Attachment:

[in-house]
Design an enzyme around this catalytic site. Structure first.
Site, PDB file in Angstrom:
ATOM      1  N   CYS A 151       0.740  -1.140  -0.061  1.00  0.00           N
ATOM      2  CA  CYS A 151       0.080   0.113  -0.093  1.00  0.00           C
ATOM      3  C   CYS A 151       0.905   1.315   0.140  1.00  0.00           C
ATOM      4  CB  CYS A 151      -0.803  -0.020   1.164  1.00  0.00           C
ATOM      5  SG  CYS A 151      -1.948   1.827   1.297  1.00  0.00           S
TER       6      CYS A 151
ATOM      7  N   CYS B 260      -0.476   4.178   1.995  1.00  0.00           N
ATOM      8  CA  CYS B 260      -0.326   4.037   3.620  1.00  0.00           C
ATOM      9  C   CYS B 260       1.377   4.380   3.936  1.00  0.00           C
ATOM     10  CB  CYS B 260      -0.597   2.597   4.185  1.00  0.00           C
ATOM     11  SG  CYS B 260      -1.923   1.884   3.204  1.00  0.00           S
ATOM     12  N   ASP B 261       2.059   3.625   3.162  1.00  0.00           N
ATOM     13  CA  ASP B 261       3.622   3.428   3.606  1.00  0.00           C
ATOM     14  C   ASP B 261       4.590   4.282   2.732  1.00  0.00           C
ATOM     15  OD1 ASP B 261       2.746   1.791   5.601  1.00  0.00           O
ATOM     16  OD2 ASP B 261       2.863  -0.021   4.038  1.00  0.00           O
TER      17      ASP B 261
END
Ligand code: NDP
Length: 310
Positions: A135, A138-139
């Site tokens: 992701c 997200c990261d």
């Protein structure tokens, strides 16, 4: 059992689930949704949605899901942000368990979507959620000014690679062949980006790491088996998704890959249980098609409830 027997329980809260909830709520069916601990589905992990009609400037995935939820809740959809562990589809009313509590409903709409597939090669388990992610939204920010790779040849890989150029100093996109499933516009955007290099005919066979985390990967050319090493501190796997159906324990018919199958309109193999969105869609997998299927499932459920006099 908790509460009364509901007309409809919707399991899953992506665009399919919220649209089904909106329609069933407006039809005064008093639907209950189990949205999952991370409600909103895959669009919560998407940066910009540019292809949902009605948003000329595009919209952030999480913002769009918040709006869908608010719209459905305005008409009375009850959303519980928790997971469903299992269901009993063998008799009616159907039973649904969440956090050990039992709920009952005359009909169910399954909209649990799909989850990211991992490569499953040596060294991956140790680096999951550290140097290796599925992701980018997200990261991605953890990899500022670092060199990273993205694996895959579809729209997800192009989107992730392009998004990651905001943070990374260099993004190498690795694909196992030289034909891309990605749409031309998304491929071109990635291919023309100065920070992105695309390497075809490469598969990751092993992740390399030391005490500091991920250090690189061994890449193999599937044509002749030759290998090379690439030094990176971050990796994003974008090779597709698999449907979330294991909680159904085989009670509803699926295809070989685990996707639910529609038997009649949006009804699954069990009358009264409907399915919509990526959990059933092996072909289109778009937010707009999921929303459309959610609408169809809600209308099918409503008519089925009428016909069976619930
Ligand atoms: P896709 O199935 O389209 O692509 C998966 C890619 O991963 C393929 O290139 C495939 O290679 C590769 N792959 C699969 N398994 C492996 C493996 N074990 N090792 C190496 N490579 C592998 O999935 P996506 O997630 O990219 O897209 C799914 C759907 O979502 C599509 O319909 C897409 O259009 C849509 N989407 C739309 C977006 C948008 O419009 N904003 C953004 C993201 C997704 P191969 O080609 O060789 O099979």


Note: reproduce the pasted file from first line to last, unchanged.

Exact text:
[in-house]
Design an enzyme around this catalytic site. Structure first.
Site, PDB file in Angstrom:
ATOM      1  N   CYS A 151       0.740  -1.140  -0.061  1.00  0.00           N
ATOM      2  CA  CYS A 151       0.080   0.113  -0.093  1.00  0.00           C
ATOM      3  C   CYS A 151       0.905   1.315   0.140  1.00  0.00           C
ATOM      4  CB  CYS A 151      -0.803  -0.020   1.164  1.00  0.00           C
ATOM      5  SG  CYS A 151      -1.948   1.827   1.297  1.00  0.00           S
TER       6      CYS A 151
ATOM      7  N   CYS B 260      -0.476   4.178   1.995  1.00  0.00           N
ATOM      8  CA  CYS B 260      -0.326   4.037   3.620  1.00  0.00           C
ATOM      9  C   CYS B 260       1.377   4.380   3.936  1.00  0.00           C
ATOM     10  CB  CYS B 260      -0.597   2.597   4.185  1.00  0.00           C
ATOM     11  SG  CYS B 260      -1.923   1.884   3.204  1.00  0.00           S
ATOM     12  N   ASP B 261       2.059   3.625   3.162  1.00  0.00           N
ATOM     13  CA  ASP B 261       3.622   3.428   3.606  1.00  0.00           C
ATOM     14  C   ASP B 261       4.590   4.282   2.732  1.00  0.00           C
ATOM     15  OD1 ASP B 261       2.746   1.791   5.601  1.00  0.00           O
ATOM     16  OD2 ASP B 261       2.863  -0.021   4.038  1.00  0.00           O
TER      17      ASP B 261
END
Ligand code: NDP
Length: 310
Positions: A135, A138-139
């Site tokens: 992701c 997200c990261d």
């Protein structure tokens, strides 16, 4: 059992689930949704949605899901942000368990979507959620000014690679062949980006790491088996998704890959249980098609409830 027997329980809260909830709520069916601990589905992990009609400037995935939820809740959809562990589809009313509590409903709409597939090669388990992610939204920010790779040849890989150029100093996109499933516009955007290099005919066979985390990967050319090493501190796997159906324990018919199958309109193999969105869609997998299927499932459920006099 908790509460009364509901007309409809919707399991899953992506665009399919919220649209089904909106329609069933407006039809005064008093639907209950189990949205999952991370409600909103895959669009919560998407940066910009540019292809949902009605948003000329595009919209952030999480913002769009918040709006869908608010719209459905305005008409009375009850959303519980928790997971469903299992269901009993063998008799009616159907039973649904969440956090050990039992709920009952005359009909169910399954909209649990799909989850990211991992490569499953040596060294991956140790680096999951550290140097290796599925992701980018997200990261991605953890990899500022670092060199990273993205694996895959579809729209997800192009989107992730392009998004990651905001943070990374260099993004190498690795694909196992030289034909891309990605749409031309998304491929071109990635291919023309100065920070992105695309390497075809490469598969990751092993992740390399030391005490500091991920250090690189061994890449193999599937044509002749030759290998090379690439030094990176971050990796994003974008090779597709698999449907979330294991909680159904085989009670509803699926295809070989685990996707639910529609038997009649949006009804699954069990009358009264409907399915919509990526959990059933092996072909289109778009937010707009999921929303459309959610609408169809809600209308099918409503008519089925009428016909069976619930
Ligand atoms: P896709 O199935 O389209 O692509 C998966 C890619 O991963 C393929 O290139 C495939 O290679 C590769 N792959 C699969 N398994 C492996 C493996 N074990 N090792 C190496 N490579 C592998 O999935 P996506 O997630 O990219 O897209 C799914 C759907 O979502 C599509 O319909 C897409 O259009 C849509 N989407 C739309 C977006 C948008 O419009 N904003 C953004 C993201 C997704 P191969 O080609 O060789 O099979």